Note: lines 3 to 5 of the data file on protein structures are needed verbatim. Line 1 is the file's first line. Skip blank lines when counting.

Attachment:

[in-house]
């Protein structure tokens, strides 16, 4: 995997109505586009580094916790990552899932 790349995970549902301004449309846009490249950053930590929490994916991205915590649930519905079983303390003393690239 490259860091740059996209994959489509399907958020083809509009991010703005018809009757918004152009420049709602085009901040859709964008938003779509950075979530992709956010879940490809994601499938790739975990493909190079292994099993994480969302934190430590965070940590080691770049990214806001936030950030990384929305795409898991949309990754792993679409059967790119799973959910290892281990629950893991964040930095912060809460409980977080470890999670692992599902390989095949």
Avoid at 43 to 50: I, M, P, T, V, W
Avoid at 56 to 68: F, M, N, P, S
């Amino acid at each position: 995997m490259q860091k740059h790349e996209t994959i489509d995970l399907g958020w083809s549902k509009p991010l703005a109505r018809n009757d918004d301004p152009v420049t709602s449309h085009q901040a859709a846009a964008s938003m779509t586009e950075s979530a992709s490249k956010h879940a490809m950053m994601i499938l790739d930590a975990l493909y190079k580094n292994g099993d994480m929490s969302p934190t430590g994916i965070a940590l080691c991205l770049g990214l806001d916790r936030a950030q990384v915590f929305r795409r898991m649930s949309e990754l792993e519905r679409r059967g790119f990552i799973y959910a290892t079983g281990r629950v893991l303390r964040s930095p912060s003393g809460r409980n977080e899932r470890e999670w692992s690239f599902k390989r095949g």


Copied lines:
Avoid at 43 to 50: I, M, P, T, V, W
Avoid at 56 to 68: F, M, N, P, S
């Amino acid at each position: 995997m490259q860091k740059h790349e996209t994959i489509d995970l399907g958020w083809s549902k509009p991010l703005a109505r018809n009757d918004d301004p152009v420049t709602s449309h085009q901040a859709a846009a964008s938003m779509t586009e950075s979530a992709s490249k956010h879940a490809m950053m994601i499938l790739d930590a975990l493909y190079k580094n292994g099993d994480m929490s969302p934190t430590g994916i965070a940590l080691c991205l770049g990214l806001d916790r936030a950030q990384v915590f929305r795409r898991m649930s949309e990754l792993e519905r679409r059967g790119f990552i799973y959910a290892t079983g281990r629950v893991l303390r964040s930095p912060s003393g809460r409980n977080e899932r470890e999670w692992s690239f599902k390989r095949g």